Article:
Tuesday, September 06, 2005

Rio Celeste, Costa Rica

The Rio Celeste trip was organized by the teachers at the Blue Valley Private School. Shar is a teacher there and since no kids signed up the trip was taken over by adventurous school teachers. I was invited by Shar to come. So for 15,000 colones (aprox. $32) I got to go on a local adventure.

It didn't turn out to be local at all. It was a five hour bus trip to the lodge where we were staying, half of it over very bumpy dirt roads. For some strange reason, luckily, I can now withstand long bus trips over bumpy roads and can sleep through them. Even when Adam was driving the 4x4 through hellishly bumpy roads I just tipped back and fell asleep.

At the lodge there were four people to a room and the rooms contained bunk beds and lots of spiders. We were getting settled in and the next door neighbor ladies started having a screaming contest in spanglish: Muerte! Kill it! Cockroaches and spiders that were huge and fuzzy. I have two spider bites on my inner thigh. Not itchy, just kind of painful, with the knowledge that a spider was there. How did it get there? I slept with sweat pants on??

The next morning we get up and head to the national park. Since we were in a group of mostly ticos and school teachers with visas, we got in for the Tico price 500 colones ($1) instead of the gringo price $7.

I was told that it would be a three hour hike in and a three hour hike out. On the bus ride to the lodge I was looking around and there didn't seem to be that many 'in shape' people. Shar and I concurred; it wasn't going to be as rigorous as we thought. We looked like gear heads with our camelbacks on, but they are so handy.

Andele Arriba!

We thought that there were going to be hot springs but when we got there it was stinking so bad of sulphur, the water was this weird murky bluish grey color, and there were signs everywhere saying that they weren't sure how safe it was to swim. So the group decided not to go in. I kind of agreed. Recently I've been trying to improve on my inclination for being accident prone. You couldn't see very far into the water, and remember we are five hours from anywhere in the jungle. No need to push it. It was hot and humid enough, no need to step into mysteriously bubbling pool of water.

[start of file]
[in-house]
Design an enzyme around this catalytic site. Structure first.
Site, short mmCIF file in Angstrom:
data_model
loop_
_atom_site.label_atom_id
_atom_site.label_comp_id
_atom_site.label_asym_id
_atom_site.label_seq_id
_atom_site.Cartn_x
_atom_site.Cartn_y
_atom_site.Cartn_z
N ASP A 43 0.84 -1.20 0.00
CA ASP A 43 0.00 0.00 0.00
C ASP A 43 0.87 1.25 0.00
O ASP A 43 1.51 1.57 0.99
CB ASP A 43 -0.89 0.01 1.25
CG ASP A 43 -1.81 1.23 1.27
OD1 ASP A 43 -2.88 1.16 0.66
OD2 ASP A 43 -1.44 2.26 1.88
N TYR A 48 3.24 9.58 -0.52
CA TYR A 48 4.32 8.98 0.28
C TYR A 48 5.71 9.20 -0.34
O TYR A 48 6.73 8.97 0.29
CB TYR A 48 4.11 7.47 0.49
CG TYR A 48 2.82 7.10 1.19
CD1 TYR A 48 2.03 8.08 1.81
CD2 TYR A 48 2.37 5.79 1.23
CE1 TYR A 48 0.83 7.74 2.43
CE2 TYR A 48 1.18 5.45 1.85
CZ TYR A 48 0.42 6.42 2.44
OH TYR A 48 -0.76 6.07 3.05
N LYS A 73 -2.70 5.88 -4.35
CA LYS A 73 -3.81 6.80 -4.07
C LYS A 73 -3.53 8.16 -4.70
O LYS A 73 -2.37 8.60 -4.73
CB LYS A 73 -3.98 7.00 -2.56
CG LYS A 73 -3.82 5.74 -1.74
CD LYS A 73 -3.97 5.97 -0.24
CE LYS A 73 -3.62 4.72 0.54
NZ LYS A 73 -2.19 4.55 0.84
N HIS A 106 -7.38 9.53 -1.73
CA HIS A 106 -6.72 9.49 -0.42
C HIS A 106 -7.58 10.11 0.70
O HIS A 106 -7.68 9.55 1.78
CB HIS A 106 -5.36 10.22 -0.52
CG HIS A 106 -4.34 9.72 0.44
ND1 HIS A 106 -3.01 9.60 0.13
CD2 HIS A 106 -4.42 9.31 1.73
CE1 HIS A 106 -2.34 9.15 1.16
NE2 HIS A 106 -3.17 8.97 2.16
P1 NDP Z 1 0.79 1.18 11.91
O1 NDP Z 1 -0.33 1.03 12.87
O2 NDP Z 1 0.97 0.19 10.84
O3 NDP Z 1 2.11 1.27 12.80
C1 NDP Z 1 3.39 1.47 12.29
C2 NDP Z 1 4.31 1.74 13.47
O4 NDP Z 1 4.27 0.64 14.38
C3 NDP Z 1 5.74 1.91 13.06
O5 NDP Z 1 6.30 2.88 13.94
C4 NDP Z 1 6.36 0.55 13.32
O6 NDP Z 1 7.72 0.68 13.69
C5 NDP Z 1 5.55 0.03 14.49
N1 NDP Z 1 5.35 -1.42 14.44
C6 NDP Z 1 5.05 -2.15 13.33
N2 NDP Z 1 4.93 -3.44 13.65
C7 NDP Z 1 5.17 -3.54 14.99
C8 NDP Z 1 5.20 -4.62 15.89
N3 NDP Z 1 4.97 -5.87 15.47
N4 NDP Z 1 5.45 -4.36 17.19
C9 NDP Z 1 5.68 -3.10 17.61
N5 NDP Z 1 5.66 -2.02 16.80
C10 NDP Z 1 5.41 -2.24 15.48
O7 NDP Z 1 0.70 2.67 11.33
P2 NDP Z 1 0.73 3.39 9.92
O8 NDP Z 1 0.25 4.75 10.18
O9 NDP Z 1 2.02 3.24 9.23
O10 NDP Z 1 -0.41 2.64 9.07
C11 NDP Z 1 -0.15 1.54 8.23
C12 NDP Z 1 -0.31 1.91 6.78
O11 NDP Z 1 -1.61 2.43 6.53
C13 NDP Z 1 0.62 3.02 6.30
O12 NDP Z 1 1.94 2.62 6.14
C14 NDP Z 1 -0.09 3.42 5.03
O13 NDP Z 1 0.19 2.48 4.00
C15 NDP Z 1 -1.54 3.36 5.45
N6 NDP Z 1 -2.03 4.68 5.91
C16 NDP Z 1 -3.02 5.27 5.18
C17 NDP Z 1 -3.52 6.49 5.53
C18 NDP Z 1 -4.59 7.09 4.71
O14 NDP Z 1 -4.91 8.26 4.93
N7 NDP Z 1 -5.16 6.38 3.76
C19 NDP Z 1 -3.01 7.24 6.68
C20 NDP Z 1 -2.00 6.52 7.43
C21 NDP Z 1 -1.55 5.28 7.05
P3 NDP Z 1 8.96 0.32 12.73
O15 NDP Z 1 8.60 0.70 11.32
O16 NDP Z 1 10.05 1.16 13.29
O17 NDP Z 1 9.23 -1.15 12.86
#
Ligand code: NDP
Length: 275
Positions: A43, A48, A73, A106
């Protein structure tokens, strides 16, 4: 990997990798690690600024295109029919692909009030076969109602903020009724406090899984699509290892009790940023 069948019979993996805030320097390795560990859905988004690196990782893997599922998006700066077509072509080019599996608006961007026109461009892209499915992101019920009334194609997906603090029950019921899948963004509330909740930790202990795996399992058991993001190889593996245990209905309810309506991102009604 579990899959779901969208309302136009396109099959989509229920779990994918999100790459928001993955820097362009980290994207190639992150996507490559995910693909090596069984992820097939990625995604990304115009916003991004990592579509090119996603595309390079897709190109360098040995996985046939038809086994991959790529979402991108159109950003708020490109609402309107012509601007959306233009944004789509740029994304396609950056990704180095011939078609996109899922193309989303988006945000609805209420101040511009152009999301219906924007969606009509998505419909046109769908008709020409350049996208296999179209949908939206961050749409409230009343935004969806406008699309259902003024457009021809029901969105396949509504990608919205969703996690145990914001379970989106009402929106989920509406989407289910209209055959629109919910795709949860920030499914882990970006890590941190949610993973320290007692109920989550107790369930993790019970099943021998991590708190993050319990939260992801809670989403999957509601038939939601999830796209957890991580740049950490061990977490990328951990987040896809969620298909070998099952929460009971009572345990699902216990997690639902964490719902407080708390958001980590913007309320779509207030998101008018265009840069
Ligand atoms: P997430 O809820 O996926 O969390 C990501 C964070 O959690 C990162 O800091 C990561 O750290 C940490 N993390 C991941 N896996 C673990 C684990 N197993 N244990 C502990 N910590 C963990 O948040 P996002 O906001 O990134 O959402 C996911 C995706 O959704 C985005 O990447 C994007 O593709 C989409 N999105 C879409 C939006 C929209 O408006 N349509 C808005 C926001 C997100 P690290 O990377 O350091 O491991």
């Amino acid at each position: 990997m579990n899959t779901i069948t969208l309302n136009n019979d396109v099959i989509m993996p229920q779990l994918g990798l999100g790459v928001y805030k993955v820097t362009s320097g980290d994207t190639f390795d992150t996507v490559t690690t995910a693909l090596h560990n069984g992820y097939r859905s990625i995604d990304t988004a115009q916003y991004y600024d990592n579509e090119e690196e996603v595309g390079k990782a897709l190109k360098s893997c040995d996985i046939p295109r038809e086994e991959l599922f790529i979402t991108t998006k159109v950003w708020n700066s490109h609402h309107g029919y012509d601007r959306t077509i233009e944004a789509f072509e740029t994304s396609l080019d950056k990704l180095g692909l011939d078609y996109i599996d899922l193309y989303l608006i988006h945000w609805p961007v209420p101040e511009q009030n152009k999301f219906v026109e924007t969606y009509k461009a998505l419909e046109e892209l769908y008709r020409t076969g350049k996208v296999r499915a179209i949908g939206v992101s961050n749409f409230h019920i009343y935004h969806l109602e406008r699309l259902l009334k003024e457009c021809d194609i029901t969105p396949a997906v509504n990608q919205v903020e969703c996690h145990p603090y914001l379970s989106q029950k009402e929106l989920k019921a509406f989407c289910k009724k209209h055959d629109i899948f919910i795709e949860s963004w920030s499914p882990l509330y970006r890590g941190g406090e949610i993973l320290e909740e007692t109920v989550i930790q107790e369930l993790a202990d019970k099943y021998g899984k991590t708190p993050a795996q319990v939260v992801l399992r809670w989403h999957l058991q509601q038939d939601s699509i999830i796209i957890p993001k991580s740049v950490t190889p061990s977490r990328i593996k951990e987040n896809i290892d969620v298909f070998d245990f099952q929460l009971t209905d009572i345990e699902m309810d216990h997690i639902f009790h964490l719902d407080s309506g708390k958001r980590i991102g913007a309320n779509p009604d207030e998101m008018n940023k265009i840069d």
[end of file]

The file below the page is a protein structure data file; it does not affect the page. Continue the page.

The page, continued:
So we kept going until it was time to loop around. The loop around is crossing the stream. Not a big deal but the pictures are fun. Make sure you zoom in on the Abby crossing. Abby is Shar's roommate who doesn't particularly like the outdoors, was complaining incessantly about the gross factor, and requested that somebody sleep with her to protect her from spiders. Huh? And “Hell no” from Shar, Ryan and I. We could not figure out why she came on the trip. She's from the New York City area and cried when she saw cockroaches in their new apartment in Escazu. Come on now, NYC has cockroaches too.

Anyhoo, everybody made the crossings. I was so happy to be hanging out with Ticos. They were so happy. There was one family that came and the dad brought his two daughters and his mother. They were all just having a grand time. When we stopped for lunch he made them refried beans and tuna fish sandwiches, uummm yummm! I stuck with my trail mix though.

We stopped for lunch at the waterfall. The waterfall was amazing, especially the pool. It was this amazing blue color. It made for a very photogenic waterfall.

We made it back to the lodge. Everybody was wet, tired, and happy (except Abby of course). We had dinner than took the bus down into the pueblo and watched a futball game. It was Costa Rica vs. Panama. Panama looked really tight, but only managed to sink one goal. The Costa Ricans looked like the sloppy players but managed to sink three goals. I'm starting to like futball (soccer). It's really only a two hour commitment. They don't turn off the clock for anything unlike American football or basketball where the games can last longer than a four hour hangover in a crappy airport.

The next day Shar, Ryan and I took off for a power hike up to an old volcano that has turned into a swampy crater lake. The hike was like climbing a latter of roots and rooks. I was sweating gallons and I was happy to have a camelback it was quite a hike. We came back down and than powered through the hanging bridges hike that was more even and well maintained trail. We stopped long enough to howl at the howler monkeys and duck the flying shit. The trailheads for the two trails started at the lodge. Ironically enough this easy trail was where I took a major spill, but I protected Adam's camera that happened to be in my hands like a newborn baby. Hope you like the pictures.

Rio Celest Pictures

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